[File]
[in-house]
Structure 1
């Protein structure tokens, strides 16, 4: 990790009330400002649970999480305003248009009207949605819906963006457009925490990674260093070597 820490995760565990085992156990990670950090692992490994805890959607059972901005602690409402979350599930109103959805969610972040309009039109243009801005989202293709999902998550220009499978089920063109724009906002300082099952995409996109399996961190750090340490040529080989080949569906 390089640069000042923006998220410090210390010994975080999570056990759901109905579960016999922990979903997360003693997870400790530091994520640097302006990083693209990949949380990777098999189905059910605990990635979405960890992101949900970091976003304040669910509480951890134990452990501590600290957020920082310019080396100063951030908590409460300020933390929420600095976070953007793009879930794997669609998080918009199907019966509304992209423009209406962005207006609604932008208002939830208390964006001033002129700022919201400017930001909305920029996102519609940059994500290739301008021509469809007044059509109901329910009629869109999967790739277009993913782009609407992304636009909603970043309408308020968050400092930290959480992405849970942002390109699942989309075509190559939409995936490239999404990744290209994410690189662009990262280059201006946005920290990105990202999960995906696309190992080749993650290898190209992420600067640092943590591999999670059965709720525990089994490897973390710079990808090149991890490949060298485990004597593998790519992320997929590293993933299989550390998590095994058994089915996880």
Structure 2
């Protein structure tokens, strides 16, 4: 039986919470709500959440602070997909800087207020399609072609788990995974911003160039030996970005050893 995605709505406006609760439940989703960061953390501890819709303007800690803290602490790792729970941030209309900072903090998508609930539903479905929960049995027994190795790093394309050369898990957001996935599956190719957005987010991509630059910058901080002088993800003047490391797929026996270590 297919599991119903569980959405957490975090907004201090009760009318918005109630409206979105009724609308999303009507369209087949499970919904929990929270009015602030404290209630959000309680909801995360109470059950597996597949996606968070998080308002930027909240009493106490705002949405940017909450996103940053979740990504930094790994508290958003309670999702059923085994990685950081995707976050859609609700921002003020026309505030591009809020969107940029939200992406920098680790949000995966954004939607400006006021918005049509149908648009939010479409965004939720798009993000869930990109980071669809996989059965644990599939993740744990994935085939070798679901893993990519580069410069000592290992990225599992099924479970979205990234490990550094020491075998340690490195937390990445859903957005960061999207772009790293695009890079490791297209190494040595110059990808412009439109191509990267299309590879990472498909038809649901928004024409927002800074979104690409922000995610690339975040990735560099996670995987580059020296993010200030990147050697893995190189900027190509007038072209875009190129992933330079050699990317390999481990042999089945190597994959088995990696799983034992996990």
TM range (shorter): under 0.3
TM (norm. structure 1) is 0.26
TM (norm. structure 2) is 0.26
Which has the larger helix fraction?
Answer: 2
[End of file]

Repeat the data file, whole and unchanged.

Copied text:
[in-house]
Structure 1
């Protein structure tokens, strides 16, 4: 990790009330400002649970999480305003248009009207949605819906963006457009925490990674260093070597 820490995760565990085992156990990670950090692992490994805890959607059972901005602690409402979350599930109103959805969610972040309009039109243009801005989202293709999902998550220009499978089920063109724009906002300082099952995409996109399996961190750090340490040529080989080949569906 390089640069000042923006998220410090210390010994975080999570056990759901109905579960016999922990979903997360003693997870400790530091994520640097302006990083693209990949949380990777098999189905059910605990990635979405960890992101949900970091976003304040669910509480951890134990452990501590600290957020920082310019080396100063951030908590409460300020933390929420600095976070953007793009879930794997669609998080918009199907019966509304992209423009209406962005207006609604932008208002939830208390964006001033002129700022919201400017930001909305920029996102519609940059994500290739301008021509469809007044059509109901329910009629869109999967790739277009993913782009609407992304636009909603970043309408308020968050400092930290959480992405849970942002390109699942989309075509190559939409995936490239999404990744290209994410690189662009990262280059201006946005920290990105990202999960995906696309190992080749993650290898190209992420600067640092943590591999999670059965709720525990089994490897973390710079990808090149991890490949060298485990004597593998790519992320997929590293993933299989550390998590095994058994089915996880």
Structure 2
């Protein structure tokens, strides 16, 4: 039986919470709500959440602070997909800087207020399609072609788990995974911003160039030996970005050893 995605709505406006609760439940989703960061953390501890819709303007800690803290602490790792729970941030209309900072903090998508609930539903479905929960049995027994190795790093394309050369898990957001996935599956190719957005987010991509630059910058901080002088993800003047490391797929026996270590 297919599991119903569980959405957490975090907004201090009760009318918005109630409206979105009724609308999303009507369209087949499970919904929990929270009015602030404290209630959000309680909801995360109470059950597996597949996606968070998080308002930027909240009493106490705002949405940017909450996103940053979740990504930094790994508290958003309670999702059923085994990685950081995707976050859609609700921002003020026309505030591009809020969107940029939200992406920098680790949000995966954004939607400006006021918005049509149908648009939010479409965004939720798009993000869930990109980071669809996989059965644990599939993740744990994935085939070798679901893993990519580069410069000592290992990225599992099924479970979205990234490990550094020491075998340690490195937390990445859903957005960061999207772009790293695009890079490791297209190494040595110059990808412009439109191509990267299309590879990472498909038809649901928004024409927002800074979104690409922000995610690339975040990735560099996670995987580059020296993010200030990147050697893995190189900027190509007038072209875009190129992933330079050699990317390999481990042999089945190597994959088995990696799983034992996990």
TM range (shorter): under 0.3
TM (norm. structure 1) is 0.26
TM (norm. structure 2) is 0.26
Which has the larger helix fraction?
Answer: 2